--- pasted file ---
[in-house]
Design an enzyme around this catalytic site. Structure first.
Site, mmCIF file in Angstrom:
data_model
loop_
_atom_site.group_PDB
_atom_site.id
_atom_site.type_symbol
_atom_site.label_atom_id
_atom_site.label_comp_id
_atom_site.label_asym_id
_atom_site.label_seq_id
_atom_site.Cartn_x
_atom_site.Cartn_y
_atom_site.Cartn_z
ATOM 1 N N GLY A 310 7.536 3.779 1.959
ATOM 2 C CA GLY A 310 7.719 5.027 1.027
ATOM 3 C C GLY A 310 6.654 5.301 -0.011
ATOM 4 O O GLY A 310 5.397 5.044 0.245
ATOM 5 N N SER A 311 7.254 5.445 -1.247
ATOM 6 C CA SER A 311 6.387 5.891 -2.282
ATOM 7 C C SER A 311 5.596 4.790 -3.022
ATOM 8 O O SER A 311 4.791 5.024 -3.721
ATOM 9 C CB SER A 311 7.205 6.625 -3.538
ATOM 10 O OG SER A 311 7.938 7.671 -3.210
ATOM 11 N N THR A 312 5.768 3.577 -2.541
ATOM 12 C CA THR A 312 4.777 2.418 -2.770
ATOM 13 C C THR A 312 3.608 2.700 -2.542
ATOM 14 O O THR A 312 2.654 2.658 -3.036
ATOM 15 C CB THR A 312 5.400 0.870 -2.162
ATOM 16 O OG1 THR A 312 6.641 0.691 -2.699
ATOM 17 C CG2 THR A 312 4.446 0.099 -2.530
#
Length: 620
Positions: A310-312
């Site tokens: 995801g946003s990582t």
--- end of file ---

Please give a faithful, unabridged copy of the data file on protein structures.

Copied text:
[in-house]
Design an enzyme around this catalytic site. Structure first.
Site, mmCIF file in Angstrom:
data_model
loop_
_atom_site.group_PDB
_atom_site.id
_atom_site.type_symbol
_atom_site.label_atom_id
_atom_site.label_comp_id
_atom_site.label_asym_id
_atom_site.label_seq_id
_atom_site.Cartn_x
_atom_site.Cartn_y
_atom_site.Cartn_z
ATOM 1 N N GLY A 310 7.536 3.779 1.959
ATOM 2 C CA GLY A 310 7.719 5.027 1.027
ATOM 3 C C GLY A 310 6.654 5.301 -0.011
ATOM 4 O O GLY A 310 5.397 5.044 0.245
ATOM 5 N N SER A 311 7.254 5.445 -1.247
ATOM 6 C CA SER A 311 6.387 5.891 -2.282
ATOM 7 C C SER A 311 5.596 4.790 -3.022
ATOM 8 O O SER A 311 4.791 5.024 -3.721
ATOM 9 C CB SER A 311 7.205 6.625 -3.538
ATOM 10 O OG SER A 311 7.938 7.671 -3.210
ATOM 11 N N THR A 312 5.768 3.577 -2.541
ATOM 12 C CA THR A 312 4.777 2.418 -2.770
ATOM 13 C C THR A 312 3.608 2.700 -2.542
ATOM 14 O O THR A 312 2.654 2.658 -3.036
ATOM 15 C CB THR A 312 5.400 0.870 -2.162
ATOM 16 O OG1 THR A 312 6.641 0.691 -2.699
ATOM 17 C CG2 THR A 312 4.446 0.099 -2.530
#
Length: 620
Positions: A310-312
């Site tokens: 995801g946003s990582t």